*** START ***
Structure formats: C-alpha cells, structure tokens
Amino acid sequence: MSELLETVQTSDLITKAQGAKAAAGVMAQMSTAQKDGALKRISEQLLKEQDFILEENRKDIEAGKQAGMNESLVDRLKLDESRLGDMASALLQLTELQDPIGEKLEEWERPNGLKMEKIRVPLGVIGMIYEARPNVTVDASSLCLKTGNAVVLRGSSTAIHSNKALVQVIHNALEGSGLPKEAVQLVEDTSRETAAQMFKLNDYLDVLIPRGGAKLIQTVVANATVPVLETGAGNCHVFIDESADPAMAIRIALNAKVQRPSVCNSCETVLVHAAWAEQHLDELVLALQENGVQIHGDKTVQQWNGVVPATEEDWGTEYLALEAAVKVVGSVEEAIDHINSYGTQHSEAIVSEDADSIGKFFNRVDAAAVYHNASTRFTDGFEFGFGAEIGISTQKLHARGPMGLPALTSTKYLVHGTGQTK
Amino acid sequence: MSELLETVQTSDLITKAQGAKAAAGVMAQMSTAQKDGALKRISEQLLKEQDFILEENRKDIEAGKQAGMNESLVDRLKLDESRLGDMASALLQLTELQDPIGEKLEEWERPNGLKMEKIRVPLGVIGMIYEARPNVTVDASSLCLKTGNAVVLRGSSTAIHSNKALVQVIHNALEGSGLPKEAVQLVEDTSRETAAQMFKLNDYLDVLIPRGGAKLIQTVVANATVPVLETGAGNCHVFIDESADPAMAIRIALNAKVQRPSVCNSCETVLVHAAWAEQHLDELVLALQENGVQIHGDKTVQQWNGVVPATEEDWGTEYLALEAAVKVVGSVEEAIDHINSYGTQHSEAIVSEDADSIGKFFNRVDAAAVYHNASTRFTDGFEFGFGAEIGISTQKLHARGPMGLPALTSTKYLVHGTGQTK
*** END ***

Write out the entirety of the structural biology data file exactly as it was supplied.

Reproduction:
Structure formats: C-alpha cells, structure tokens
Amino acid sequence: MSELLETVQTSDLITKAQGAKAAAGVMAQMSTAQKDGALKRISEQLLKEQDFILEENRKDIEAGKQAGMNESLVDRLKLDESRLGDMASALLQLTELQDPIGEKLEEWERPNGLKMEKIRVPLGVIGMIYEARPNVTVDASSLCLKTGNAVVLRGSSTAIHSNKALVQVIHNALEGSGLPKEAVQLVEDTSRETAAQMFKLNDYLDVLIPRGGAKLIQTVVANATVPVLETGAGNCHVFIDESADPAMAIRIALNAKVQRPSVCNSCETVLVHAAWAEQHLDELVLALQENGVQIHGDKTVQQWNGVVPATEEDWGTEYLALEAAVKVVGSVEEAIDHINSYGTQHSEAIVSEDADSIGKFFNRVDAAAVYHNASTRFTDGFEFGFGAEIGISTQKLHARGPMGLPALTSTKYLVHGTGQTK
Amino acid sequence: MSELLETVQTSDLITKAQGAKAAAGVMAQMSTAQKDGALKRISEQLLKEQDFILEENRKDIEAGKQAGMNESLVDRLKLDESRLGDMASALLQLTELQDPIGEKLEEWERPNGLKMEKIRVPLGVIGMIYEARPNVTVDASSLCLKTGNAVVLRGSSTAIHSNKALVQVIHNALEGSGLPKEAVQLVEDTSRETAAQMFKLNDYLDVLIPRGGAKLIQTVVANATVPVLETGAGNCHVFIDESADPAMAIRIALNAKVQRPSVCNSCETVLVHAAWAEQHLDELVLALQENGVQIHGDKTVQQWNGVVPATEEDWGTEYLALEAAVKVVGSVEEAIDHINSYGTQHSEAIVSEDADSIGKFFNRVDAAAVYHNASTRFTDGFEFGFGAEIGISTQKLHARGPMGLPALTSTKYLVHGTGQTK